The distribution, sales and consumption of alcoholic beverages are regulated in the state by the Oregon Liquor Control Commission. Thus, Oregon is an Alcoholic beverage control state. While wine and beer are available in most grocery stores, few stores sell hard liquor.
After Oregon was admitted to the Union, it began with a single member in the House of Representatives (La Fayette Grover, who served in the 35th United States Congress for less than a month). Congressional apportionment increased the size of the delegation following the censuses of 1890, 1910, 1940, and 1980. A detailed list of the past and present Congressional delegations from Oregon is available.
The United States District Court for the District of Oregon hears federal cases in the state. The court has courthouses in Portland, Eugene, Medford, and Pendleton. Also in Portland is the federal bankruptcy court, with a second branch in Eugene. Oregon (among other western states and territories) is in the 9th Court of Appeals. One of the court's meeting places is at the Pioneer Courthouse in downtown Portland, a National Historic Landmark built in 1869.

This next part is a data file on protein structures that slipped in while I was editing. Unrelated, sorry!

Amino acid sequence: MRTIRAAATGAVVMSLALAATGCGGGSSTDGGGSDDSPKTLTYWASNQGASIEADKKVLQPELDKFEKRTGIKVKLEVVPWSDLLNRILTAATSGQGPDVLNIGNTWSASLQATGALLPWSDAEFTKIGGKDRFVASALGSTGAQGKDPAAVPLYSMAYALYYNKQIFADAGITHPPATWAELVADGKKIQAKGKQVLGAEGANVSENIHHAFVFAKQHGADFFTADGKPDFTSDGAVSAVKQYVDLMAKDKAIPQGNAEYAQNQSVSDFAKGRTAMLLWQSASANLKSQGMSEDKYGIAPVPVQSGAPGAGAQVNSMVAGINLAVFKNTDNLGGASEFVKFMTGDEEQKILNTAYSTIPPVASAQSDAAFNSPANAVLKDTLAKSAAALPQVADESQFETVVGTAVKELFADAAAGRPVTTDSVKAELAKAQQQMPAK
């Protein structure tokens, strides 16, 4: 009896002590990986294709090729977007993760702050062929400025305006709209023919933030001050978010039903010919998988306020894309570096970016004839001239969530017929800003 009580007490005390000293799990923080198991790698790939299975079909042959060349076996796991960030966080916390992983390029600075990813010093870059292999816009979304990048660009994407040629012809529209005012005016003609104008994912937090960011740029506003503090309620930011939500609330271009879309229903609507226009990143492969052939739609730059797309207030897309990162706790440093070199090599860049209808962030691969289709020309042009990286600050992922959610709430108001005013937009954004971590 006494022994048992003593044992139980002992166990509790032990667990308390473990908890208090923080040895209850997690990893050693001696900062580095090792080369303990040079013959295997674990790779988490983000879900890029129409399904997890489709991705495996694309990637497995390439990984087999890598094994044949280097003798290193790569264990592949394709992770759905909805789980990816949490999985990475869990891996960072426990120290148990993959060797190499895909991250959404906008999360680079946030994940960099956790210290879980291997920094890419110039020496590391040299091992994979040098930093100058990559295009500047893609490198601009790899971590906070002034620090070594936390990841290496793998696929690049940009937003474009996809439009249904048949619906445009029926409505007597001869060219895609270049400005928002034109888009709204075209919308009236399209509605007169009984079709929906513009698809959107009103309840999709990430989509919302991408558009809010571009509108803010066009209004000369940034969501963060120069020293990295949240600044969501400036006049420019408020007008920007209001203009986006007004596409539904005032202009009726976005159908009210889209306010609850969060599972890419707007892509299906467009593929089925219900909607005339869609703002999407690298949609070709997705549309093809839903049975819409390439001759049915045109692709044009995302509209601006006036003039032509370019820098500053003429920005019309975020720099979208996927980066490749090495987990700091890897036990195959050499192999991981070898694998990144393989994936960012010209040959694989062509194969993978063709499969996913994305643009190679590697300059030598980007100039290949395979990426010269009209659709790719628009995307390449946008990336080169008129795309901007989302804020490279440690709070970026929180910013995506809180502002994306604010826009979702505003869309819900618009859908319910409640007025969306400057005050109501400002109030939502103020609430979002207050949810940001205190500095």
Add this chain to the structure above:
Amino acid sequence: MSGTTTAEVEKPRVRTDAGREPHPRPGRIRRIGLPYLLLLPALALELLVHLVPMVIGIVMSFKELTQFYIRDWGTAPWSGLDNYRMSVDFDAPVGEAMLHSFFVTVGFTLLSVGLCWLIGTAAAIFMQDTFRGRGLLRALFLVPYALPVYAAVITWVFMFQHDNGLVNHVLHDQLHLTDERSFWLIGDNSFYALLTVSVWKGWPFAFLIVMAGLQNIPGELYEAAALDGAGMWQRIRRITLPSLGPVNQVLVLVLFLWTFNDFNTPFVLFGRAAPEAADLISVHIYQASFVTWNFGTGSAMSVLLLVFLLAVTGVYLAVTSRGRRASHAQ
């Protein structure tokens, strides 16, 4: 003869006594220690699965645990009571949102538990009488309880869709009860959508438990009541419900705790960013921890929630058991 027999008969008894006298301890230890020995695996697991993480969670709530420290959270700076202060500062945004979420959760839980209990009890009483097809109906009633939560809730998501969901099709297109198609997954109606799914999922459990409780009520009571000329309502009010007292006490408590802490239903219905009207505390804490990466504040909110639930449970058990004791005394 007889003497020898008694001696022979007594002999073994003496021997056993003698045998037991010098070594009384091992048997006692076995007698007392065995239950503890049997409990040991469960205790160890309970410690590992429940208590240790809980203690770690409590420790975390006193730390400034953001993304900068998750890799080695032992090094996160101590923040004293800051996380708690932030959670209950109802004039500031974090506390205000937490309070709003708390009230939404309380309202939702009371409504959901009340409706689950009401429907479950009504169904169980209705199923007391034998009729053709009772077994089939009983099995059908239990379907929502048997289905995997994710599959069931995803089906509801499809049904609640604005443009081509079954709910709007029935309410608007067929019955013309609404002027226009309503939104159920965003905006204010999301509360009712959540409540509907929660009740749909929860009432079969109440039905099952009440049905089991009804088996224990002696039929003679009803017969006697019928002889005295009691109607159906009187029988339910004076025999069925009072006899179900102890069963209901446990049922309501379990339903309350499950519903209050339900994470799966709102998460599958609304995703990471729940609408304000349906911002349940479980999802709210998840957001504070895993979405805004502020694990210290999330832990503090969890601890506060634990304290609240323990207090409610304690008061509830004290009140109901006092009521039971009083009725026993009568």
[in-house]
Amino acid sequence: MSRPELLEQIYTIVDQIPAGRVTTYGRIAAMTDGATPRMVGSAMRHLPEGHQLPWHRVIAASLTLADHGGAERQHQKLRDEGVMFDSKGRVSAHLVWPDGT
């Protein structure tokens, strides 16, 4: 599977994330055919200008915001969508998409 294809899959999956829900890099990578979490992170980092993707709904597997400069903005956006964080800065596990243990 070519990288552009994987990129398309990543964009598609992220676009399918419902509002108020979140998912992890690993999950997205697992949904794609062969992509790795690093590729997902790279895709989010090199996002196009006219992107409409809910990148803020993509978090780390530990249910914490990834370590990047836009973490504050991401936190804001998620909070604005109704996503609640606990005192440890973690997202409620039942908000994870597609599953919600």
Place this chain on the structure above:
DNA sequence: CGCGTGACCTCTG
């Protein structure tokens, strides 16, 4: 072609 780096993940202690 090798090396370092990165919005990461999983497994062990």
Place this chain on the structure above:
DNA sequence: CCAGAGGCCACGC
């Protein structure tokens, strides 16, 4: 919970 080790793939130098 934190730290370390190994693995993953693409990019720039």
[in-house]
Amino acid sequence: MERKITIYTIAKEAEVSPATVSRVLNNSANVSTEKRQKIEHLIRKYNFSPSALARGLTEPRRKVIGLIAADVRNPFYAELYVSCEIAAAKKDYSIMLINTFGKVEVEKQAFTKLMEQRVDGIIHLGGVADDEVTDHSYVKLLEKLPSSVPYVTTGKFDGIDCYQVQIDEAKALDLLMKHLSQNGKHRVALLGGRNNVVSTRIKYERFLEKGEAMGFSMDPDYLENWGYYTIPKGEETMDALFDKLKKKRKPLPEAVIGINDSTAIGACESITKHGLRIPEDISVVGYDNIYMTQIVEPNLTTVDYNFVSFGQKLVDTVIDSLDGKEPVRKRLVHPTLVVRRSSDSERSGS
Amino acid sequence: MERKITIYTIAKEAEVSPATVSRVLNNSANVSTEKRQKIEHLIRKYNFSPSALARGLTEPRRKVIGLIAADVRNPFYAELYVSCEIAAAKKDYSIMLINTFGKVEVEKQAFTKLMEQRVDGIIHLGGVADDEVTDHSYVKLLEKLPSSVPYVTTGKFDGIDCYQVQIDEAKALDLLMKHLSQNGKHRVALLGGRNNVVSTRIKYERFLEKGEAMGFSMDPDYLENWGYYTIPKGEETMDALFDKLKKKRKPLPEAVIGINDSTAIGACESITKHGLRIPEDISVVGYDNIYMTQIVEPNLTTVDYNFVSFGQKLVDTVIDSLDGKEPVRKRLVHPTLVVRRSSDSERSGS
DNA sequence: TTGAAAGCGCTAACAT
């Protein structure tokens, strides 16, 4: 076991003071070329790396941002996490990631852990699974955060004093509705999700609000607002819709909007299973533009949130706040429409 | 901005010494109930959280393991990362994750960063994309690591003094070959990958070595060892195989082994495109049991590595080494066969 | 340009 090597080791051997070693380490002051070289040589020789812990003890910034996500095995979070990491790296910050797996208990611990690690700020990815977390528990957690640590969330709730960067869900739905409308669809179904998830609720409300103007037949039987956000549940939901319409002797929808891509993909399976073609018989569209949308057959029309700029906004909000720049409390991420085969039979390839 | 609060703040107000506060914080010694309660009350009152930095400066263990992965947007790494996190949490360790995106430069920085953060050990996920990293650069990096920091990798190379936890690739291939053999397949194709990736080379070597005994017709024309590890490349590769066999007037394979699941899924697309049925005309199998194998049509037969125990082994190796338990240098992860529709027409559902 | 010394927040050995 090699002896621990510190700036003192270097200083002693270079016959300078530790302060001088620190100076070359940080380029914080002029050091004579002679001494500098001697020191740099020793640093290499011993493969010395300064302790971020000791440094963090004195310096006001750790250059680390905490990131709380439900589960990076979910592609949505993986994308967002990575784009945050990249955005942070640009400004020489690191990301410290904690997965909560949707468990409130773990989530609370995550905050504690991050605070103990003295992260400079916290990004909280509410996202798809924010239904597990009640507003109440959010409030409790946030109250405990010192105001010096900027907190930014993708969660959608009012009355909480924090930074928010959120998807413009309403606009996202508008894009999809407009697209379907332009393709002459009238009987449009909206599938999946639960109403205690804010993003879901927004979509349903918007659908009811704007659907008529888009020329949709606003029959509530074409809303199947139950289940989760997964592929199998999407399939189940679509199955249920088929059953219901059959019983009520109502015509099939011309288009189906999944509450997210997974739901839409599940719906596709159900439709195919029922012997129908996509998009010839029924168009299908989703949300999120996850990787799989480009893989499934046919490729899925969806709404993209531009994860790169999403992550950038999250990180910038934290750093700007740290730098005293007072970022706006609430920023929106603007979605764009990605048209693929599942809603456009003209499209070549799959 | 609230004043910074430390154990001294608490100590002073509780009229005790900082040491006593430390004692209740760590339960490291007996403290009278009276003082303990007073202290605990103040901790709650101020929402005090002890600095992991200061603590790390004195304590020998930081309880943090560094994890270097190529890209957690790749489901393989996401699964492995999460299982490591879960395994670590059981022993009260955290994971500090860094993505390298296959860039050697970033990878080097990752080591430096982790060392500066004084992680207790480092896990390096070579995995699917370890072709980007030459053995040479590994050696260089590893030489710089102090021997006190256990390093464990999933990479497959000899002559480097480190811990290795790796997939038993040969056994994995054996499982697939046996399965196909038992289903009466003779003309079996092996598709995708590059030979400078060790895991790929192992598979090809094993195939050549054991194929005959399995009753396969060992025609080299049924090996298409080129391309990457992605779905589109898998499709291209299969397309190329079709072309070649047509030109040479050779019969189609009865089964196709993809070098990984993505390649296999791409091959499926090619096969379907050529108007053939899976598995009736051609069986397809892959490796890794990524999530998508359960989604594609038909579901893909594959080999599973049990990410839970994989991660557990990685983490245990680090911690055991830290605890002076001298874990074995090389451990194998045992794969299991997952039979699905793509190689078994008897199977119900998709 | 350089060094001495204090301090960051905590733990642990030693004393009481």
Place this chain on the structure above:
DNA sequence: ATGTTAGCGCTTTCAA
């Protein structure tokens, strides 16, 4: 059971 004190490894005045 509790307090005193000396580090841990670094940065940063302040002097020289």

|2012||42.18% 754,095||54.27% 970,343|
|2008||40.40% 738,475||56.75% 1,037,291|
|2004||47.19% 866,831||51.35% 943,163|
|2000||46.46% 713,577||47.01% 720,342|
|1996||39.06% 538,152||47.15% 649,641|
|1992||32.53% 475,757||42.48% 621,314|
|1988||46.61% 560,126||51.28% 616,206|
|1984||55.91% 685,700||43.74% 536,479|
|1980||48.33% 571,044||38.67% 456,890|
|1976||47.78% 492,120||47.62% 490,407|
|1972||52.45% 486,686||42.33% 392,760|
|1968||49.83% 408,433||43.78% 358,866|
|1964||35.96% 282,779||63.72% 501,017|
|1960||52.56% 408,060||47.32% 367,402|
|1956||55.25% 406,393||44.75% 329,204|
|1952||60.54% 420,815||38.93% 270,579|